"The woman (Mrs. Harpe) referred to - - was not, incidentally a member of my church -- was somebody I did not know, had never talked with and certainly never counseled."

Stoen's statement in the Ukiah Daily Journal also took obvious issue with The Examiner's reporting of his relationship to and statements about the Rev. Jim Jones, charismatic pastor of the People's Temple.

"I never said at any time that I saw 40 people raised from the dead."

(But in a letter dated Sept. 12, 1972, Stoen wrote: "Jim has been the means by which more than 40 persons have been brought back from the dead this year... I have seen Jim revive people stiff as a board, tongues hanging out, eyes set, skin graying and all vital signs absent.")

Stoen's statement also contains the following:

"People's Temple Christian Church does not, as far as I know, advertise that Jim Jones raises people from the dead."

Yet the People's Temple's mimeographed bulletin, which was distributed at the 11 a.m. service on Sun. Sept. 10 (at which Stoen was present), specifically reported that in Los Angeles:

"Pastor Jones walked to the dead man and commanded 'Arise!' Instantly the man was resurrected before thousands there."

Stoen was not available for comment, as the District Attorney's office said that he began a five-week vacation.

Stoen's boss, District Attorney Duncan James, declined comment when asked if he had been fired.

James also declined comment on a report by The Indianapolis Star which concerned an alleged telephone threat, which was attributed to Stoen's wife, Grace.

The Indianapolis newspaper quoted Mrs. Cecil Johnson (whose daughters, Mildred and Gwin, recently left the People's Temple to return home to Indianapolis) as saying that she recognized Mrs. Stoen's voice during a 6:15 a.m. long distance telephone call last week.

Mrs. Johnson told The Star that she had been listening on an extension phone when the caller told her daughter, Gwin:

"The newspaper out here is harassing Jim. Your parents have signed something saying bad things about the Temple. You find out what they did and call me back. Get them to stop it. It's for your own safety."

Mrs. Stoen was one of some 150 People's Temple members who picketed The Examiner last week. When asked about the alleged phone call, she declined comment.

But Mrs. Stoen told a TV interviewer that her husband was an ordained minister -- which she had denied, when asked during a People's Temple service the previous Sunday in San Francisco. Her husband also told The Examiner, the following evening, that he was not ordained.

The issue arose over Stoen's admission that he had officiated at the marriage of one of the Johnson sisters, Mildred, despite the fact that Section 4100 of the Civil Code requires that in order to solemnize a marriage, the officiant must either be ordained or a judge.

Stoen told The Examiner that despite his being neither ordained nor a judge:

"I meet all the requirements of the Civil Code," but was unable at the time of this interview to state which section of the Code he had in mind.

And three days after this statement to The Examiner, Stoen's written statement appeared in the Ukiah Daily Journal, in which the Assistant District Attorney wrote:

"I am not only a duly authorized minister of my church, I have been ordained in another, and I have taken theological studies including two years of New Testament Greek."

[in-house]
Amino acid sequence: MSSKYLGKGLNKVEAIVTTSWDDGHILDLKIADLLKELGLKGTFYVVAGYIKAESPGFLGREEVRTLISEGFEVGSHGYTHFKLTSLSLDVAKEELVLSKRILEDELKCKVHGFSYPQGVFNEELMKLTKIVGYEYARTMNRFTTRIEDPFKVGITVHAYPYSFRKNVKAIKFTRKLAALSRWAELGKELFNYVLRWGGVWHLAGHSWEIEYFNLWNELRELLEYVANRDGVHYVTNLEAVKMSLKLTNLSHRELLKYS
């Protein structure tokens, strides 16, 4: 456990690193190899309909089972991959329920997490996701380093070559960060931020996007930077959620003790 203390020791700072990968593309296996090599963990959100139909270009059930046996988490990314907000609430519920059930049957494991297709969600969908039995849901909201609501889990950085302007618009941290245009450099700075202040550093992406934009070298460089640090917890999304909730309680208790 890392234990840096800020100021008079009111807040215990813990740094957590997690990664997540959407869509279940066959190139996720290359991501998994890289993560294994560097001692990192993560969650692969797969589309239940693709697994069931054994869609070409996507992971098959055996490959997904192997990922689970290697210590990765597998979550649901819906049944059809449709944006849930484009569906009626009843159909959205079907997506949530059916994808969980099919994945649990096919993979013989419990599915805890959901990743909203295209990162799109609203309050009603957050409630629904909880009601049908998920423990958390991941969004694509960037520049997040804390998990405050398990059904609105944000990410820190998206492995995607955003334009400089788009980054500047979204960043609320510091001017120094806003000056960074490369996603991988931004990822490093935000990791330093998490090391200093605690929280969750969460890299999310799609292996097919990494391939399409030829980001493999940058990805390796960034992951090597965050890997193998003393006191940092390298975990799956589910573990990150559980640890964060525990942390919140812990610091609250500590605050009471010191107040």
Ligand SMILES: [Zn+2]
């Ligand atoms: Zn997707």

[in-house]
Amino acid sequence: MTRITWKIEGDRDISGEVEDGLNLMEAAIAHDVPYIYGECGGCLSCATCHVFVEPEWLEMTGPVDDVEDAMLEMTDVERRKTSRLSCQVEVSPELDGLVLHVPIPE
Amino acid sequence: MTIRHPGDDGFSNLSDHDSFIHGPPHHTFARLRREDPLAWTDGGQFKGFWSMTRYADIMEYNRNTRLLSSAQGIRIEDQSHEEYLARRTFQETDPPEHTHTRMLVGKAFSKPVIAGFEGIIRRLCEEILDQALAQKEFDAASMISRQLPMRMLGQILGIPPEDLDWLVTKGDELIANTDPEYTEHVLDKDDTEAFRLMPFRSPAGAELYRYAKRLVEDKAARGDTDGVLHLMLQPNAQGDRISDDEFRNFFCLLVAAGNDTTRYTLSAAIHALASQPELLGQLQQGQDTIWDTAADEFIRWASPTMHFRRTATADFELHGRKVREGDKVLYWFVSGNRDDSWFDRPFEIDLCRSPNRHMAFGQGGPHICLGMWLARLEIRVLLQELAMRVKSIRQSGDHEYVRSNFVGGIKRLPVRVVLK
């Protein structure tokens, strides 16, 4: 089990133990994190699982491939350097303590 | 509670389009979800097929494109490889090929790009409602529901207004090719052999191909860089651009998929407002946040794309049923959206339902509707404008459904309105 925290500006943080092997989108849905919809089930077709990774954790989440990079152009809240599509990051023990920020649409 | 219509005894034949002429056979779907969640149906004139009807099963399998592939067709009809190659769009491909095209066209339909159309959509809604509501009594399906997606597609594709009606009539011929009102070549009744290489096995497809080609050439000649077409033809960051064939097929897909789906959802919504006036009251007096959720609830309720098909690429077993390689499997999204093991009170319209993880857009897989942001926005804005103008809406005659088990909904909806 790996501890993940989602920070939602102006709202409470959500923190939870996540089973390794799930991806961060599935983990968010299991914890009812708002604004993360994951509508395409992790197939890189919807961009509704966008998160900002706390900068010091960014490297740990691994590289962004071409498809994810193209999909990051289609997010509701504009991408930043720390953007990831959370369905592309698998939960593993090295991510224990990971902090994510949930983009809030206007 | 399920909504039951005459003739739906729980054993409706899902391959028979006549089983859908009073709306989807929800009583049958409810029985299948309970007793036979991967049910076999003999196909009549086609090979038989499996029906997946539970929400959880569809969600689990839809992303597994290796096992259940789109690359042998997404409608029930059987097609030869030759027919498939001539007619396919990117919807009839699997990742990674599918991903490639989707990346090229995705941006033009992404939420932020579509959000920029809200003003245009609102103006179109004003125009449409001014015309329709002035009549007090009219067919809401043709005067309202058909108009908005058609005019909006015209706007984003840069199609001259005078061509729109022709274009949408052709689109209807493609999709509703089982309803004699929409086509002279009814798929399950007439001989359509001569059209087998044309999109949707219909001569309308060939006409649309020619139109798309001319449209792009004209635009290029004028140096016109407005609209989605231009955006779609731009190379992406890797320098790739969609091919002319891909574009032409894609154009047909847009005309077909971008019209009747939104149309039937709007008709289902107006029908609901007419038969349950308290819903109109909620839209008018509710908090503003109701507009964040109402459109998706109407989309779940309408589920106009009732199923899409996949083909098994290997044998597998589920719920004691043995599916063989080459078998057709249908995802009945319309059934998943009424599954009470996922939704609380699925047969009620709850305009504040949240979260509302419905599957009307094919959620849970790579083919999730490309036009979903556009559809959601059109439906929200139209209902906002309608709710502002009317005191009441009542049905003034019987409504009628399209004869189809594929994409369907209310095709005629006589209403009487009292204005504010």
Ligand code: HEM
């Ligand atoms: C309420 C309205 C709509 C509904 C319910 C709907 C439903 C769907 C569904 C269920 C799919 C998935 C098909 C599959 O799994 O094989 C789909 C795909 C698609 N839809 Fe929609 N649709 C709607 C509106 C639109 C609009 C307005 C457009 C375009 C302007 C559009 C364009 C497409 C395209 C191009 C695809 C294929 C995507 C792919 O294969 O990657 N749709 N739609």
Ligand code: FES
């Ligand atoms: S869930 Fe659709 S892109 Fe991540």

Stoen's statement did not identify this other denomination which he claims had ordained him, nor does his statement provide any such information as to where, when, or by whom he was ordained.



A. Foster said...

While I find the information posted in this blog regarding "The People's Temple" quite informative, I fail to see the relevance of bringing up the NRA while adressing the lack of descretion exercised by MSNBC for airing the Virginia Tech killer's "Press Package". It seems to blur the author's objective. Is the point to highlight a current incident of media negligence and draw a parallel to those of the past surrounding the actions of the "People's Temple" or attack a lobby group unrelated to either incident?
The questions that arise in my mind was not what the modus operendi was of the VT killer, and how guns could have been kept out of his hands, but why the police and admistrators allowed "Business as Usual" on campus after the first shooting? Two hours went by between shooting number one and shooting number two yet classes were allowed to continue?
If we were to dig further we are told that the killer left a trail of warning signs dating back two years. These including stalking incidents, threating writings, and mental health issues, yet he was not so much as called in for a repremand let alone put on probation. This Korean student was a ticking time bomb in every was that Jim Jones and his cult was. But at least in this instance the powers that be, the media, and anyone else involved were only negligent or incompetent and not complicit with the crime.

Robin Shelley said...

I believe the "unknown man" holding John Victor Stoen on his lap in the photo of Jones & the Stoens posted on your blog (twice) is Michael Prokes, a longtime Jones/People's Temple PR man who shot himself in the head after giving a press conference at a Motel 6 in Modesto, CA a few months after the Jonestown massacre. Prokes left a 42-page statement in which he claimed to have joined the Temple with the intention of writing a book about it & also that he had been paid by some covert government agency for information about the Temple. Prokes said he, instead, became a true believer, severed ties with said agency's contact & followed Jones.
Prokes was so dedicated to Jones that he married one of Jones' favorite mistresses, Carolyn Layton, a school teacher & member of the church hierarchy, solely to legitimize the illegitimate son, Jim Jon "Kimo" Prokes, of Layton & the married Jones. Layton was one of the Rev. & Mrs. John Moore's daughters who died, along with her son, in Jonestown & the ex-wife of Larry Layton, the only person prosecuted for the ambush at the Port Kaituma airstrip where Congressman Ryan & others were shot & killed.
Prokes escaped the Jonestown massacre because he & the Carter brothers were given the important task of delivering money & documents to the Russian Embassy in Georgetown that fateful day. The trio was apprehended before reaching their destination & the money, which they said they buried in the jungle because the suitcases were too heavy to carry, was never found.